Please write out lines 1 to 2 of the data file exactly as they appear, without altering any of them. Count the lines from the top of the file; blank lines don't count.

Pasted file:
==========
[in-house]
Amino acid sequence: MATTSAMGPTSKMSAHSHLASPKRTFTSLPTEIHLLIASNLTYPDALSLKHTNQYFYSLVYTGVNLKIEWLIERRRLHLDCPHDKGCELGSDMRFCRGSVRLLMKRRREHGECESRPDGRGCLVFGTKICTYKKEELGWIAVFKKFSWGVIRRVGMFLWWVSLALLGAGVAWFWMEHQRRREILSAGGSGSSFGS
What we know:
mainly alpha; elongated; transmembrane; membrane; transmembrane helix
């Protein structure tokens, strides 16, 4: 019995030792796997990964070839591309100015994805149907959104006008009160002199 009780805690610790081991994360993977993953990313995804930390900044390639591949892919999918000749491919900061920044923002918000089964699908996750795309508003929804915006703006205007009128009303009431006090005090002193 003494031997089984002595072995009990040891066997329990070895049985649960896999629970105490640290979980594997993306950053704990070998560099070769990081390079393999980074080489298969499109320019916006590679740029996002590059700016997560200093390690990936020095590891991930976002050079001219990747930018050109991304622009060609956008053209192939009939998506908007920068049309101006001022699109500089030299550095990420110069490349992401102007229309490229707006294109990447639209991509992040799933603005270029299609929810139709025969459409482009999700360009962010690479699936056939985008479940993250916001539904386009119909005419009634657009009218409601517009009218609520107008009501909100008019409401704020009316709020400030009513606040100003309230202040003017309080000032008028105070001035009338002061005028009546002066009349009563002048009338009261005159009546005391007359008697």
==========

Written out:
[in-house]
Amino acid sequence: MATTSAMGPTSKMSAHSHLASPKRTFTSLPTEIHLLIASNLTYPDALSLKHTNQYFYSLVYTGVNLKIEWLIERRRLHLDCPHDKGCELGSDMRFCRGSVRLLMKRRREHGECESRPDGRGCLVFGTKICTYKKEELGWIAVFKKFSWGVIRRVGMFLWWVSLALLGAGVAWFWMEHQRRREILSAGGSGSSFGS